It’s interesting to see stories such as that of Generac Power Systems. In 2001, the company shifted production from Wisconsin to China because companies there could make a key component for $100 per unit less than was possible in Wisconsin.

   

Now, however, Generac has brought manufacturing of that component back to its Whitewater, Wis. plant, an article in the LA Times reports. That change came about after company leaders realized that what began as a $100 difference in the cost of producing an alternator in China, narrowed considerably as the Chinese yuan jumped in value and Chinese wages and other costs soared. The tipping point finally came when Generac had enough sales to justify investing millions of dollars in new equipment for the Whitewater plant, executives said in the LA Times article.

   

Today, the company can produce an alternator in the U.S. using one worker in the same amount of time it took four workers in China. Although there’s still a small price difference, Generac execs believe having greater control over product delivery makes up the difference.

   

That example shows how the tide has turned to a certain extent, or at least it’s starting to turn, and companies are re-shoring to the U.S. There are several factors at play. For example, there is a significant U.S. energy-cost advantage, driven largely by the 50 percent drop in natural-gas prices since large-scale production of U.S. shale gas in 2005, contrasted with rising energy costs in China. U.S. manufacturers also have growing concerns about a seeming lack of quality control in manufacturing facilities in China.

 

Labor costs though, are the most significant factor. Harry Moser, founder of the Reshoring Initiative, a nonprofit that works with companies to bring manufacturing jobs back to the U.S., has said that Chinese wages have been rising by about 15 percent to 18 percent per year, compounded since about 2000. Consequently, the labor cost/unit of output in China is now roughly three times what it was in 2000, he says. That means for some products, offshoring so-called “hidden costs”—duty, freight, packaging, carrying cost of inventory and innovation impact of separating engineering and manufacturing—are now enough to overcome the manufacturing cost gap between Chinese labor and U.S. labor, he says.

 

Nonetheless, re-shoring isn’t a simple process and it doesn’t always go smoothly. Indeed, United Technologies Corp. provides a cautionary tale in in a MarketWatch on-line story on the Wall Street Journal. As the story explains, the company’s move to relocate an Otis elevator plant from Mexico to South Carolina in late 2012 was expected to save money and help fill orders faster by having design engineers and production workers in the same building. Furthermore, since more than 70 percent of Otis’ customers in the U.S. and Canada are east of the Mississippi River, company executives told The Wall Street Journal in the fall of 2011 that the relocation would lower the company’s freight and logistics costs by 17 percent.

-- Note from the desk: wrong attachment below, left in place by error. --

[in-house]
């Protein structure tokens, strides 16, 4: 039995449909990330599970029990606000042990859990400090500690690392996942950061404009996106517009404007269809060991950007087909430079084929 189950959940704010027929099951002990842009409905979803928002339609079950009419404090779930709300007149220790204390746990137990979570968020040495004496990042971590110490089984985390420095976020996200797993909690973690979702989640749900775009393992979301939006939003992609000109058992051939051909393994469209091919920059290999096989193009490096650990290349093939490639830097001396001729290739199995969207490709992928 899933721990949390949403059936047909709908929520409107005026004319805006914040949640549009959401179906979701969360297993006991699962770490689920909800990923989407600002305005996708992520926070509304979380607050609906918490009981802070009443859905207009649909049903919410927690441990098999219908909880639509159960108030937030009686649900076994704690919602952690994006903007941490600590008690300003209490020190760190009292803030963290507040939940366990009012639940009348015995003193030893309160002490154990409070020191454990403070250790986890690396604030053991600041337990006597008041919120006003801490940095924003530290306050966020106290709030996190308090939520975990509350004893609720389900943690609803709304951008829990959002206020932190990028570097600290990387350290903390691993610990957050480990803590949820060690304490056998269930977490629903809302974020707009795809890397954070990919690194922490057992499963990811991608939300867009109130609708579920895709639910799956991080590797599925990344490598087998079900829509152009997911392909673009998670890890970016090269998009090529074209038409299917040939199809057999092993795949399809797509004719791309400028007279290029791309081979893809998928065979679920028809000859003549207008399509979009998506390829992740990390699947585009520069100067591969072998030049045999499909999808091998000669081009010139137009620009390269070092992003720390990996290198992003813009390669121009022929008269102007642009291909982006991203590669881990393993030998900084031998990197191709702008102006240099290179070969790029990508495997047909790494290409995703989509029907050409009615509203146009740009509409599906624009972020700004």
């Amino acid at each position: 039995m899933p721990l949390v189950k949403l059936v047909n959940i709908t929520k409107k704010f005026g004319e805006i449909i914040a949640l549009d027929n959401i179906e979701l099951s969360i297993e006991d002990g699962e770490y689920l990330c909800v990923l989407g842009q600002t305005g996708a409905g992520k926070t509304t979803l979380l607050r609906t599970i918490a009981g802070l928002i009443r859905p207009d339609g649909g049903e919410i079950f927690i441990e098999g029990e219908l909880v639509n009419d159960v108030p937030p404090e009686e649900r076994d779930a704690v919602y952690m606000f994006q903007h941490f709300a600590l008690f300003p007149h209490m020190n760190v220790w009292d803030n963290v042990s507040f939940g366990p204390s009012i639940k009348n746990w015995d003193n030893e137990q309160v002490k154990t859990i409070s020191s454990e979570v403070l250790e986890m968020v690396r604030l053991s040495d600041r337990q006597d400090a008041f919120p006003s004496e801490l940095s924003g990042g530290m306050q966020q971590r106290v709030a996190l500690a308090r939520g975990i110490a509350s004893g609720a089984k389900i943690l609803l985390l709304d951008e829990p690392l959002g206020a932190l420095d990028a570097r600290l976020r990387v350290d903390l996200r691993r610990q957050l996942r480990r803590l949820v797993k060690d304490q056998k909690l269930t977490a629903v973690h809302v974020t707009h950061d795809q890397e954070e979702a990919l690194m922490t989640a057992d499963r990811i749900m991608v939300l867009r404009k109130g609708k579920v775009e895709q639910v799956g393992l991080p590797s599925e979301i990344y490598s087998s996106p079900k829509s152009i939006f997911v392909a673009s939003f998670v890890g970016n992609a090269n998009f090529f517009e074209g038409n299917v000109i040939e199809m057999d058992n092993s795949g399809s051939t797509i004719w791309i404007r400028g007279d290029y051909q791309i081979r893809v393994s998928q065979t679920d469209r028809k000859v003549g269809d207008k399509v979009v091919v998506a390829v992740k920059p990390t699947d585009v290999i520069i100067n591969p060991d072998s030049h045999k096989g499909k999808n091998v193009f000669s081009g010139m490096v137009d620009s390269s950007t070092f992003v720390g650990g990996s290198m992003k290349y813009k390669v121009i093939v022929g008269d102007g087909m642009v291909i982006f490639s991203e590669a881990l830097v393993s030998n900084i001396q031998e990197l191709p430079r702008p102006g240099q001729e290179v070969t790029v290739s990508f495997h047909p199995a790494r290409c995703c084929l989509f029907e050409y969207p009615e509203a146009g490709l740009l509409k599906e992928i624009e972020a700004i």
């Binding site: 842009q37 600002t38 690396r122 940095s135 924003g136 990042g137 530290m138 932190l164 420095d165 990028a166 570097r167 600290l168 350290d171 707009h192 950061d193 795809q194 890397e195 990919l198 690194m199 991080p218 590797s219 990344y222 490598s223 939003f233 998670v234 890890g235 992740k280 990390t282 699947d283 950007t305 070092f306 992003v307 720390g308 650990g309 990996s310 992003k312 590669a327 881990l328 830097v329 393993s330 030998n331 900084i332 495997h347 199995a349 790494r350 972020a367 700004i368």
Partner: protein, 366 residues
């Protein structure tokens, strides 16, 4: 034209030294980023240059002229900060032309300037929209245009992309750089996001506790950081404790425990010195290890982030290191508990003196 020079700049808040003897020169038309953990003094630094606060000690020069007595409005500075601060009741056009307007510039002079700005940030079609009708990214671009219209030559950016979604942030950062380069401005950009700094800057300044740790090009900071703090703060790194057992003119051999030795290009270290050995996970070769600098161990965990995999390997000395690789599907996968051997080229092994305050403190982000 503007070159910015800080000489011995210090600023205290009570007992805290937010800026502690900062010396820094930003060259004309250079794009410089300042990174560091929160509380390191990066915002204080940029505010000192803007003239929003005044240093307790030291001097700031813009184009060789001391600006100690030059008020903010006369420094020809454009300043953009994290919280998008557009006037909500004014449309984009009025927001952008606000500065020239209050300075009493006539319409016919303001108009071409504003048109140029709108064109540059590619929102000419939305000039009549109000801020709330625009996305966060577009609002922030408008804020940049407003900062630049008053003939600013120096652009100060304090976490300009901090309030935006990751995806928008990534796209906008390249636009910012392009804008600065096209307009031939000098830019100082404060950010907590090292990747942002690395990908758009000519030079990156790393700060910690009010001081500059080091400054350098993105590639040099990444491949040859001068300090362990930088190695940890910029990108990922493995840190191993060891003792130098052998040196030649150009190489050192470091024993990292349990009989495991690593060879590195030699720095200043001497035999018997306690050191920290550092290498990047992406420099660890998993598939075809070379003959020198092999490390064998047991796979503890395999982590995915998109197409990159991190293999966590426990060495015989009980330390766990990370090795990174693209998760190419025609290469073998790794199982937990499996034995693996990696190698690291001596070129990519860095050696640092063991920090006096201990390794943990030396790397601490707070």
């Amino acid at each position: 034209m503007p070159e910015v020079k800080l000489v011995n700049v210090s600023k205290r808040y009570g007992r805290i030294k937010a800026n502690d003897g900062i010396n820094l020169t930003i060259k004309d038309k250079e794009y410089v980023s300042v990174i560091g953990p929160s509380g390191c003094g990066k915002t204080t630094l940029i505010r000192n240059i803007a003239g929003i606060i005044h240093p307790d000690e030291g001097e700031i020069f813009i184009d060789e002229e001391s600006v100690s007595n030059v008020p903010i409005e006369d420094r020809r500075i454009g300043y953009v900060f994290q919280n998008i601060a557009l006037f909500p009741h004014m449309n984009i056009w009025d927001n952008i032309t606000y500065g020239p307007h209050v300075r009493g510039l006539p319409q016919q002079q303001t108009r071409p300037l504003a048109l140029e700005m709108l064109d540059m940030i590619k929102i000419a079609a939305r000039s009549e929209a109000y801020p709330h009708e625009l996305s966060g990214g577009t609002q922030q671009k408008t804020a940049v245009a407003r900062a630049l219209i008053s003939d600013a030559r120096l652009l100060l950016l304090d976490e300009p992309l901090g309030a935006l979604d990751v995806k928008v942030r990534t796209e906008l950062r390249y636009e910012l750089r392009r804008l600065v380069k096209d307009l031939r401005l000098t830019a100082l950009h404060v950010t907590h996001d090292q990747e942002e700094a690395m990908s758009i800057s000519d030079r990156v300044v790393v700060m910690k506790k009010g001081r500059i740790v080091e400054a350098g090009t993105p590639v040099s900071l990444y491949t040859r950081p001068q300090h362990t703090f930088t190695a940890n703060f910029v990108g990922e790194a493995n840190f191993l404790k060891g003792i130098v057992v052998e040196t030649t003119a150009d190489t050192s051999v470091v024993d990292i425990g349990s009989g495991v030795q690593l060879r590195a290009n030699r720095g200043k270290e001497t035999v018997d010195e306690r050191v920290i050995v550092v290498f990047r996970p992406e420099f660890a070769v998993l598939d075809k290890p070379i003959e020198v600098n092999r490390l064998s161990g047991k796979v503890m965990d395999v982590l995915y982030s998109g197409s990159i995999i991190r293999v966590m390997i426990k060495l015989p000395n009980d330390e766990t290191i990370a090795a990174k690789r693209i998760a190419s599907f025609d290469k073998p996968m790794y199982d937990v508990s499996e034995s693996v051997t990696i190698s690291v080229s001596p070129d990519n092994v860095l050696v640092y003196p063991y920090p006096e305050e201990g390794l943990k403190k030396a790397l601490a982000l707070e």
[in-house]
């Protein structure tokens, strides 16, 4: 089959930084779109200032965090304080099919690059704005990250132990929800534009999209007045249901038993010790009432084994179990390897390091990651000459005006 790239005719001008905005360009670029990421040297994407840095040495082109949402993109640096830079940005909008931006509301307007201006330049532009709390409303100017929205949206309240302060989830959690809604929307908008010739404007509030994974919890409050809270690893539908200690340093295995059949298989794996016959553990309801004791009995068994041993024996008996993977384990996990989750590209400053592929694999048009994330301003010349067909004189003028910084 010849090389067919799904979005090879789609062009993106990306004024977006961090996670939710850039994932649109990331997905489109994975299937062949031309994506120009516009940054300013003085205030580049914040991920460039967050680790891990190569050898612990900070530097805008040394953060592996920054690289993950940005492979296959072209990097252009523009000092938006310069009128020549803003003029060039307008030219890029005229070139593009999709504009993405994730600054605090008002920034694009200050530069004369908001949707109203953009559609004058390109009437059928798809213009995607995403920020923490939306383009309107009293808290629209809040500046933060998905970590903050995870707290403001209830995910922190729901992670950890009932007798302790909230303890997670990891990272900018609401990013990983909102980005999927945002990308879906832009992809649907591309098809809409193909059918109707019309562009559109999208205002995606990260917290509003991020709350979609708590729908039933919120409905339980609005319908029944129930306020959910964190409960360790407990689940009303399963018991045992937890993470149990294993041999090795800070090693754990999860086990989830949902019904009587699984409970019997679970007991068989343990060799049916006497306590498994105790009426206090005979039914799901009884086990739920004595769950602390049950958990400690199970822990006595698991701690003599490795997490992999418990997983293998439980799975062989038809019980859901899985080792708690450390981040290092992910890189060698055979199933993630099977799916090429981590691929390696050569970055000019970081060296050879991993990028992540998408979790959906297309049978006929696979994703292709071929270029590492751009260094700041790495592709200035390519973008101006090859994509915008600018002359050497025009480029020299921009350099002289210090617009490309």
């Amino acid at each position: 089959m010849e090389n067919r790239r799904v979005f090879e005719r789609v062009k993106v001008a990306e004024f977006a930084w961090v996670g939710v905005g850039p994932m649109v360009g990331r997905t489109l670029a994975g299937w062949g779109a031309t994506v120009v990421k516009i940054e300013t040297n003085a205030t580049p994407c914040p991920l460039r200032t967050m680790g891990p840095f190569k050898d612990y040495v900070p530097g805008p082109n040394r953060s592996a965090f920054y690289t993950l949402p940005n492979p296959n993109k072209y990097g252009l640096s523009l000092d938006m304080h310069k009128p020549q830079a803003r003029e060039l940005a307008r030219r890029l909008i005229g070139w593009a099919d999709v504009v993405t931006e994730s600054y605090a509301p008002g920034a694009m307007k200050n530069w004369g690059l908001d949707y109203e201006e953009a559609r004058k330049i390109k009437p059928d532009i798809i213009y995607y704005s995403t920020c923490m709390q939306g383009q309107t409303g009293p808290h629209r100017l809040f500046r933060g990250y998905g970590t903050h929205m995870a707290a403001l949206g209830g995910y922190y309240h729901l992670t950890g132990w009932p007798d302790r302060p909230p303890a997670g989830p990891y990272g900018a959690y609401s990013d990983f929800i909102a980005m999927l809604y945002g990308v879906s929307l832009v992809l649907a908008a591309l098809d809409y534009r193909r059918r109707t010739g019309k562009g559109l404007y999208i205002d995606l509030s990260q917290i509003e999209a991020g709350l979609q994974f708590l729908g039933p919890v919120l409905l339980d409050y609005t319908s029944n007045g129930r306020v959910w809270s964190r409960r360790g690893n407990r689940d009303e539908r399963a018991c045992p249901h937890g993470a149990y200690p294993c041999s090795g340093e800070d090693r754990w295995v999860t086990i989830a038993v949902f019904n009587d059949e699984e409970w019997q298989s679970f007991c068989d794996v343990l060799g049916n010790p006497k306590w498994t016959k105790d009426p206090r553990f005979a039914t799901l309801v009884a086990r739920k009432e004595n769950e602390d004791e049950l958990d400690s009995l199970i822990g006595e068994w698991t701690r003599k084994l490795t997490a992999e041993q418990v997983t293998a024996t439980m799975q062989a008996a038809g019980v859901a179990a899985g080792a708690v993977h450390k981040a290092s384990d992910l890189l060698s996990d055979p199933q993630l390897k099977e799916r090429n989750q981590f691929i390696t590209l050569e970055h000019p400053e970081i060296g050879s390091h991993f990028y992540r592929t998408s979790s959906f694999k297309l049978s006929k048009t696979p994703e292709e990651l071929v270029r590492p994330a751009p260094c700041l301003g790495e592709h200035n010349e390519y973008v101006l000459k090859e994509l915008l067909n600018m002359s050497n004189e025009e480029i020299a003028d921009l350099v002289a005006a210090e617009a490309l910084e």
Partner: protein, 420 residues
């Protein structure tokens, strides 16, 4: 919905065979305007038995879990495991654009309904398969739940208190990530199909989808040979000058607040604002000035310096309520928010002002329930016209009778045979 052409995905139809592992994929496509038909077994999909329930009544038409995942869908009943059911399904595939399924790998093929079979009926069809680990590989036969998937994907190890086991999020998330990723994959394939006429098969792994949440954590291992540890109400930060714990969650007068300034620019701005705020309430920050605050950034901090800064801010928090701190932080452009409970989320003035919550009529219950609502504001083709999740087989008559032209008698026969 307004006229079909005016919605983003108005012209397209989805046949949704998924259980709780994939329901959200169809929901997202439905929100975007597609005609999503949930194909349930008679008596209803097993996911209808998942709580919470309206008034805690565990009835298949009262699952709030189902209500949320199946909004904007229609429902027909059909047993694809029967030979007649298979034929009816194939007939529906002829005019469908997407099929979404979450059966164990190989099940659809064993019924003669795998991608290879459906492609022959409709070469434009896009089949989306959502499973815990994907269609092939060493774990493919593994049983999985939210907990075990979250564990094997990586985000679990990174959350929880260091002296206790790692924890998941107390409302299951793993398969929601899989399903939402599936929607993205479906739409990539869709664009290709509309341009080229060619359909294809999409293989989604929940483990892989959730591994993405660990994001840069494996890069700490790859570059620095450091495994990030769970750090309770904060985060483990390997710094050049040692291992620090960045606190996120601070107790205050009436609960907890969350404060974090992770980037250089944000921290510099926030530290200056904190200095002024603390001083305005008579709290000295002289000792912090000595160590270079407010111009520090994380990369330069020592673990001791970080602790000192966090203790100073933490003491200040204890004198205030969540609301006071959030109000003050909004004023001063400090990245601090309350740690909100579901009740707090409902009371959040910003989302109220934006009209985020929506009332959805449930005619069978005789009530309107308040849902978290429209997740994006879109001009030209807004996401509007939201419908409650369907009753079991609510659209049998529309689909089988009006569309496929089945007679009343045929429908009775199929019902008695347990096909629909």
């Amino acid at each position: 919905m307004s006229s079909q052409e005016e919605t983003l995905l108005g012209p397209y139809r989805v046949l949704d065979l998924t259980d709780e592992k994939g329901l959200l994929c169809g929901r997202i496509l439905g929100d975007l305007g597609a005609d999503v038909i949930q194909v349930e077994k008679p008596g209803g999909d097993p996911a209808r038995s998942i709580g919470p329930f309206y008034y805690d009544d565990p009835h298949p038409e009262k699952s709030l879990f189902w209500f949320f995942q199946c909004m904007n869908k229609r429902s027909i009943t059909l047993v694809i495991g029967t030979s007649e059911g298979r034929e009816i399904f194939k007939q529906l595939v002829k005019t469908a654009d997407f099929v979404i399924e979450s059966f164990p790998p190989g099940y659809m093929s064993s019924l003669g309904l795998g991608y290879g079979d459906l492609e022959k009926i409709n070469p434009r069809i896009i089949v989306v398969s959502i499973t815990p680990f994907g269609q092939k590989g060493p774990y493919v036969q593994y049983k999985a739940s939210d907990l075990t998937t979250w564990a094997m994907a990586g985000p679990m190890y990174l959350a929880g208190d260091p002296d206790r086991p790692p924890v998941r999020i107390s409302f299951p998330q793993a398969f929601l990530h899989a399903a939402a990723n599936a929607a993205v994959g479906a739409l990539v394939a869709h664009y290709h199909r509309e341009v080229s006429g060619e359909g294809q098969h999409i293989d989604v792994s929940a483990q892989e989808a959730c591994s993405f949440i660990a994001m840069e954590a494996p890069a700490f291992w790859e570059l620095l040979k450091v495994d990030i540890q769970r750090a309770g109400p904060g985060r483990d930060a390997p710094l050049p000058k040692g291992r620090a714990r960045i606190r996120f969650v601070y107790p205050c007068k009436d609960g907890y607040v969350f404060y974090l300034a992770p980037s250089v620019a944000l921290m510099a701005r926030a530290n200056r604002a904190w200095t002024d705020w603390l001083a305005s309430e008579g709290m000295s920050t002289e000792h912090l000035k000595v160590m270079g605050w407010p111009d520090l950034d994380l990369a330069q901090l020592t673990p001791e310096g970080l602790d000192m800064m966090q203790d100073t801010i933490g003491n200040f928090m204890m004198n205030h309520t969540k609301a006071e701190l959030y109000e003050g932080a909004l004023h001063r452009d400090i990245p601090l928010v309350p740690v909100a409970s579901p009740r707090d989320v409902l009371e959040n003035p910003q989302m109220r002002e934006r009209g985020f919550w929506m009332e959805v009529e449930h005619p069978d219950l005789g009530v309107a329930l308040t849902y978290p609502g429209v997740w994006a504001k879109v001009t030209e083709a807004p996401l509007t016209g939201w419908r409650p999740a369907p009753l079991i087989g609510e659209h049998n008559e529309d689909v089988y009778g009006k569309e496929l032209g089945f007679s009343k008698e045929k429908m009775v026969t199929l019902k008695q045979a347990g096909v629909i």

But the moves didn’t quite work out as planned, and company executives now say the company tried to do too much at once. In addition to moving the plant, the company consolidated products and implemented an enterprise business system. Adding to the complexity, Otis closed two other U.S. facilities, in Arizona and Indiana, and transferred those workers to South Carolina.

 

Resulting production delays created a backlog of overdue elevators. Some customers canceled their orders after being left waiting months, people in the elevator industry say, the MarketWatch article reports. What’s more, the plant Otis was leaving behind in Nogales, Mexico, had to stay open for half a year beyond its planned closing date to deal with the backlog. While Otis has resolved the bulk of the problems and is working through the order backlog, the delays cost United Technologies $60 million last year and will continue to weigh on earnings through the first half of 2014, the company notes in the article.

 

“I think we failed on both the planning and the execution side,” Robert McDonough, chief operating officer for the United Technologies unit that includes Otis, told analysts in March.

 

Has your company moved any operations back to the U.S.? If so, how did it go?